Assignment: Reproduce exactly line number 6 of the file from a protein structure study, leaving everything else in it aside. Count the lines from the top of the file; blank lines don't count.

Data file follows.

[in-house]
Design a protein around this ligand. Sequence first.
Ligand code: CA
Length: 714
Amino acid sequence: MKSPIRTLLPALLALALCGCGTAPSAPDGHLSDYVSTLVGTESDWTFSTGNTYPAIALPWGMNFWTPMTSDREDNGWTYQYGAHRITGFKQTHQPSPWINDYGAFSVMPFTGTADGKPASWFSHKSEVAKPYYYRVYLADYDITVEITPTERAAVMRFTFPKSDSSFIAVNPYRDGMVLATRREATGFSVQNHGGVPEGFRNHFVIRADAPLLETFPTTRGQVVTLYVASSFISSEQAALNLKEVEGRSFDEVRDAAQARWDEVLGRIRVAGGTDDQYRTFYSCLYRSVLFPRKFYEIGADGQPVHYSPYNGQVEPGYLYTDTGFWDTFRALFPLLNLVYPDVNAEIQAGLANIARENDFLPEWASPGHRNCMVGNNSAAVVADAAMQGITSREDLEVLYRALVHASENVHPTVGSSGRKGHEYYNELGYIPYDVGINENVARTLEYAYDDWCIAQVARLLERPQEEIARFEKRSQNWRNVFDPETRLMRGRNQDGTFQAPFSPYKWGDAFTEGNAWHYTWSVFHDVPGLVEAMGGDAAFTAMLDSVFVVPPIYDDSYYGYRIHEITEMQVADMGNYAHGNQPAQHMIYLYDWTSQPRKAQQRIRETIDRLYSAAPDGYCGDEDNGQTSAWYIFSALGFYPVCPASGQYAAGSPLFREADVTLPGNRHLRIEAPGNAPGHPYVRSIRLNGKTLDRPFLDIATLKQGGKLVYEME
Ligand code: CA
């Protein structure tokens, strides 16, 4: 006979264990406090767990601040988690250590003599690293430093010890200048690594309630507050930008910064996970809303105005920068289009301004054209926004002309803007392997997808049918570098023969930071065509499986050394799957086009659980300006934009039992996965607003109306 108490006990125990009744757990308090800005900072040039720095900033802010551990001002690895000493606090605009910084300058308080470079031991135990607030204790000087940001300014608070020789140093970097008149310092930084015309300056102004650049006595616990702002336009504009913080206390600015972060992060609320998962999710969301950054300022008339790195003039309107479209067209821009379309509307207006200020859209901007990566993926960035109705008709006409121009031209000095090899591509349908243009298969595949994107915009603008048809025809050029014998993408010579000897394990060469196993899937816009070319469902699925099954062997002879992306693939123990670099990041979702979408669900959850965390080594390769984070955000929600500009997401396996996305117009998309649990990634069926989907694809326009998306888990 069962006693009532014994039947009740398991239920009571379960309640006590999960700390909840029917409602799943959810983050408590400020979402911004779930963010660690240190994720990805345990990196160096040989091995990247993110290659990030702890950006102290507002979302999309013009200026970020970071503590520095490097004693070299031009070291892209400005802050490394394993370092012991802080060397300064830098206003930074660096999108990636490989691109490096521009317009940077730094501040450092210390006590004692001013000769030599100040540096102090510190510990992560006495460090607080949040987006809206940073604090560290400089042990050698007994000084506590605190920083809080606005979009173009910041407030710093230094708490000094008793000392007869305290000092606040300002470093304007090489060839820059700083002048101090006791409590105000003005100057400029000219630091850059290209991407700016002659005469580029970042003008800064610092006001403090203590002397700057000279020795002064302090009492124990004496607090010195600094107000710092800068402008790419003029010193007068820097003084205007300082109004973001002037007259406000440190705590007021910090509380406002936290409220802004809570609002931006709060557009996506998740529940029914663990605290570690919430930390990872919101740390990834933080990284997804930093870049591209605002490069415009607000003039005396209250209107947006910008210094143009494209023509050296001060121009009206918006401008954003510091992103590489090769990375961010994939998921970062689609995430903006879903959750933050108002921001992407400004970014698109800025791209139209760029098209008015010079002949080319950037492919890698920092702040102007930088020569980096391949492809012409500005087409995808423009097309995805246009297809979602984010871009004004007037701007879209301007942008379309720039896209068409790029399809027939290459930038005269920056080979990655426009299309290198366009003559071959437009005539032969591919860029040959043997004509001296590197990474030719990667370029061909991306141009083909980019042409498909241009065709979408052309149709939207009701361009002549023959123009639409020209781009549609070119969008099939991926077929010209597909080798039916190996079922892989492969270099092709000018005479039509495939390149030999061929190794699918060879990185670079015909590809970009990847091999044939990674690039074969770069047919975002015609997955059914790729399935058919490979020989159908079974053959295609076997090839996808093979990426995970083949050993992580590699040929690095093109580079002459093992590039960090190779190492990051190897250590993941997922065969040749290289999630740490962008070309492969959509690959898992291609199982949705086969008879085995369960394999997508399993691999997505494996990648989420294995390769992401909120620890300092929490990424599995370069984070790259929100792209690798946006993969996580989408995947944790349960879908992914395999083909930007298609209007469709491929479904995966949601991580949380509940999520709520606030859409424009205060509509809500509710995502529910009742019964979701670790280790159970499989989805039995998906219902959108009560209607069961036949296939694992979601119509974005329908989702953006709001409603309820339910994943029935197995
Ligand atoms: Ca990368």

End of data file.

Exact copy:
Ligand code: CA